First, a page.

Estimated hepatitis C prevalence and key population sizes in San Francisco: A foundation for elimination.
Published Web Locationhttps://doi.org/10.1371/journal.pone.0195575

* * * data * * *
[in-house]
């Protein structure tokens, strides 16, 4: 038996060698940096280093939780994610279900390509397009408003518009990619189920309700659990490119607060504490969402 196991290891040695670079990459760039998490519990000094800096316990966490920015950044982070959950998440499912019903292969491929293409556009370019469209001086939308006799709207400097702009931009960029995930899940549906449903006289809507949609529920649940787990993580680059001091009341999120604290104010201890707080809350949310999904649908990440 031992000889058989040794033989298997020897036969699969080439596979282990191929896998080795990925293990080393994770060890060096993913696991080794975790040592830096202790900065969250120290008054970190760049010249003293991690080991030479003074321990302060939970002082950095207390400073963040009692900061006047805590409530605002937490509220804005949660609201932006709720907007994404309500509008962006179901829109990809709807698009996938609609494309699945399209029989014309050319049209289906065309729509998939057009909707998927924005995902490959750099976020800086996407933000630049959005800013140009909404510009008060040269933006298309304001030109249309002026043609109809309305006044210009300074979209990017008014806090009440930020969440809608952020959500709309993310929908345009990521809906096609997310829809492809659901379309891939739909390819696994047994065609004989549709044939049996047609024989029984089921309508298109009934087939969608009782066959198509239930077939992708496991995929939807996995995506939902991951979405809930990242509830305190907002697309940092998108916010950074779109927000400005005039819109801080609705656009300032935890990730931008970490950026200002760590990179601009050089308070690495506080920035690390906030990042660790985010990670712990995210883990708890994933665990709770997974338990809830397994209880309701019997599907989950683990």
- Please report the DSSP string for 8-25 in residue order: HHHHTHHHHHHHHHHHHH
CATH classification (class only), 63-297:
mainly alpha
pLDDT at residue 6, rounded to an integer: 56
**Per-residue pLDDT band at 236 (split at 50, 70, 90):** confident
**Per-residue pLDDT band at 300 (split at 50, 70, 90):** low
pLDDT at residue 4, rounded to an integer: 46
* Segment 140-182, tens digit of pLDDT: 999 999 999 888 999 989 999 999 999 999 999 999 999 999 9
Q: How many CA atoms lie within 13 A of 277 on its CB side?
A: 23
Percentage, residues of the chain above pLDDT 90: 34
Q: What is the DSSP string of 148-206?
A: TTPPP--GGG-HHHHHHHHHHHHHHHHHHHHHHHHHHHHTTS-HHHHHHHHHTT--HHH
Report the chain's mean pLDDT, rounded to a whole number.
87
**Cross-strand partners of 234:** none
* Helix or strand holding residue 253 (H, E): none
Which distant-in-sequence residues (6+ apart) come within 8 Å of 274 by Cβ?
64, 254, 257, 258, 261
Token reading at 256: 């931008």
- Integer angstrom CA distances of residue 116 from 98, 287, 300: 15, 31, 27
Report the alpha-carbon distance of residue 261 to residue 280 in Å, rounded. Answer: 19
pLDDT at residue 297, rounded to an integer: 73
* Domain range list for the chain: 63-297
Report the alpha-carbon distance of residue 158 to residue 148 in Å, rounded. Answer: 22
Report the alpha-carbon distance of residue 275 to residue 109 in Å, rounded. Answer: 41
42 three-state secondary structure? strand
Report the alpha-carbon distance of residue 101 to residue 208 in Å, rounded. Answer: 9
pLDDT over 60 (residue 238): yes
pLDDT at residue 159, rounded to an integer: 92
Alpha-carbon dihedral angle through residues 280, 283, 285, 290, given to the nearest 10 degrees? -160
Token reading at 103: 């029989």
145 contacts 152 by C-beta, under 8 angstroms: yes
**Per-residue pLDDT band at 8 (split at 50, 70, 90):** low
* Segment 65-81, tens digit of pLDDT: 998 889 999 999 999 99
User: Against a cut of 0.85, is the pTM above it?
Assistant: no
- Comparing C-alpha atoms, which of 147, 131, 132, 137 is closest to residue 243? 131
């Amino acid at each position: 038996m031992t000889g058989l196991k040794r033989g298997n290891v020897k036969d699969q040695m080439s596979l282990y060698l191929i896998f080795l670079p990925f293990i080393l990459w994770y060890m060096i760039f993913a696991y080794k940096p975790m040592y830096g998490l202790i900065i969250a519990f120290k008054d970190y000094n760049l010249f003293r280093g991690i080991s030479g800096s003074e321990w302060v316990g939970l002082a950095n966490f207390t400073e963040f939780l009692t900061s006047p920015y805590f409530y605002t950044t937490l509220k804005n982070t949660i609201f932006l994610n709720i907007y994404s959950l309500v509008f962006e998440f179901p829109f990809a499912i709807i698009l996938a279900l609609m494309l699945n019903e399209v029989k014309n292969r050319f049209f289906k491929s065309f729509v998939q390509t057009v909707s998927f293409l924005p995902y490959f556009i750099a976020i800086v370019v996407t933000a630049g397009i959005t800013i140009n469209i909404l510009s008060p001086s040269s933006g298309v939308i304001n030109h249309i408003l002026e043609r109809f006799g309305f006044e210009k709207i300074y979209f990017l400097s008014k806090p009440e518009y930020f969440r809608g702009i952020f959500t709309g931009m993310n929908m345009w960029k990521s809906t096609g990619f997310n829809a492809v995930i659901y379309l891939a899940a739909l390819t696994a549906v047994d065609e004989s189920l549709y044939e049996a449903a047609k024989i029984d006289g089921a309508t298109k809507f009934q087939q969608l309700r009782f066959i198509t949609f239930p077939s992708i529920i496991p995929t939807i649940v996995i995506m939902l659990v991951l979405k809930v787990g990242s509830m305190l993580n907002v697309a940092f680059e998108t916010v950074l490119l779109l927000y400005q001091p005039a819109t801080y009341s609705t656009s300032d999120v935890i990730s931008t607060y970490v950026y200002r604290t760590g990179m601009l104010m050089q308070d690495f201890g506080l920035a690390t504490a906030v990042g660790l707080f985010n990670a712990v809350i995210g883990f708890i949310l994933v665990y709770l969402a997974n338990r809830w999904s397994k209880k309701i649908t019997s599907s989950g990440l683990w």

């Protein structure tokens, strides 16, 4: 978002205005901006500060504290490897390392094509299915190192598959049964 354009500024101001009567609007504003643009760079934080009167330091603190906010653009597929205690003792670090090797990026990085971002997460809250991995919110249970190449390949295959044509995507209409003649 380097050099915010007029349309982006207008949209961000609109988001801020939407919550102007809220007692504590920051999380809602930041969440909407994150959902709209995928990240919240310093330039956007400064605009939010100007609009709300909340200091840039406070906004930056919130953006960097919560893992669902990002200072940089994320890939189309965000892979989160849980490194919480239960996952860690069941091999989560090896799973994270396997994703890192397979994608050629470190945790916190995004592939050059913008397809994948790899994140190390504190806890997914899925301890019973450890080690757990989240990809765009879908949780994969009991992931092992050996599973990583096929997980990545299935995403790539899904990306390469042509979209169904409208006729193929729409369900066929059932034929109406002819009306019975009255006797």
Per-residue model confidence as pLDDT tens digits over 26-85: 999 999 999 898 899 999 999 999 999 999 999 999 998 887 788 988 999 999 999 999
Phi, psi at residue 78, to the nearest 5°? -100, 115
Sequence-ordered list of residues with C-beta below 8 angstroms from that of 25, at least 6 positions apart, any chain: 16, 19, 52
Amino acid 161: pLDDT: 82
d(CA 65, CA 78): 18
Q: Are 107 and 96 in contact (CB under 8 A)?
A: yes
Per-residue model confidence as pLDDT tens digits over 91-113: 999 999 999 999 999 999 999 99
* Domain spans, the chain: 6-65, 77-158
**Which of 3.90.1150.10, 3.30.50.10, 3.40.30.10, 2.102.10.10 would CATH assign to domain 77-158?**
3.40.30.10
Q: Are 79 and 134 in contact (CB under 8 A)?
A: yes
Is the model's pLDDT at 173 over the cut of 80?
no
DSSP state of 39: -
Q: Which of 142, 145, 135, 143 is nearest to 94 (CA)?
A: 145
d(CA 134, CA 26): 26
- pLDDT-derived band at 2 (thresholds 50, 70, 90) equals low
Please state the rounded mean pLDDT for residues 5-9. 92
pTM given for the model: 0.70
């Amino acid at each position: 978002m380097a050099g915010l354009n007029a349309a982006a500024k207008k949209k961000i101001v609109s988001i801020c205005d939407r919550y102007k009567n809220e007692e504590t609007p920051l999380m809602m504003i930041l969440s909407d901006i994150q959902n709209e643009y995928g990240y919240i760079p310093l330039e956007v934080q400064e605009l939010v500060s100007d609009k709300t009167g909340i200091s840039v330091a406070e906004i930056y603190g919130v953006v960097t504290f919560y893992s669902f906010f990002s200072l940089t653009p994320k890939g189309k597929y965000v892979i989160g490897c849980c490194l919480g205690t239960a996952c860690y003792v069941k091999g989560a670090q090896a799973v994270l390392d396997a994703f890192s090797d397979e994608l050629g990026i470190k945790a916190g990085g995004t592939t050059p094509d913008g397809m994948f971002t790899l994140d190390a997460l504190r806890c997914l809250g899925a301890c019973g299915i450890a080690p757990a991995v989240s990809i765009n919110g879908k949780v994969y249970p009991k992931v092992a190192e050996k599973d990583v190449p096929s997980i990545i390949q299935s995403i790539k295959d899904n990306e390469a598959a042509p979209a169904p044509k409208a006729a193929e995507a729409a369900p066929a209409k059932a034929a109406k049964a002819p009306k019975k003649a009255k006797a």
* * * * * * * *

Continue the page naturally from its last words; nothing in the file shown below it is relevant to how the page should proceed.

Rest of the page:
BACKGROUND:Initiated in 2016, End Hep C SF is a comprehensive initiative to eliminate hepatitis C (HCV) infection in San Francisco. The introduction of direct-acting antivirals to treat and cure HCV provides an opportunity for elimination. To properly measure progress, an estimate of baseline HCV prevalence, and of the number of people in various subpopulations with active HCV infection, is required to target and measure the impact of interventions. Our analysis was designed to incorporate multiple relevant data sources and estimate HCV burden for the San Francisco population as a whole, including specific key populations at higher risk of infection. METHODS:Our estimates are based on triangulation of data found in case registries, medical records, observational studies, and published literature from 2010 through 2017. We examined subpopulations based on sex, age and/or HCV risk group. When multiple sources of data were available for subpopulation estimates, we calculated a weighted average using inverse variance weighting. Credible ranges (CRs) were derived from 95% confidence intervals of population size and prevalence estimates. RESULTS:We estimate that 21,758 residents of San Francisco are HCV seropositive (CR: 10,274-42,067), representing an overall seroprevalence of 2.5% (CR: 1.2%- 4.9%). Of these, 16,408 are estimated to be viremic (CR: 6,505-37,407), though this estimate includes treated cases; up to 12,257 of these (CR: 2,354-33,256) are people who are untreated and infectious. People who injected drugs in the last year represent 67.9% of viremic HCV infections. CONCLUSIONS:We estimated approximately 7,400 (51%) more HCV seropositive cases than are included in San Francisco's HCV surveillance case registry. Our estimate provides a useful baseline against which the impact of End Hep C SF can be measured.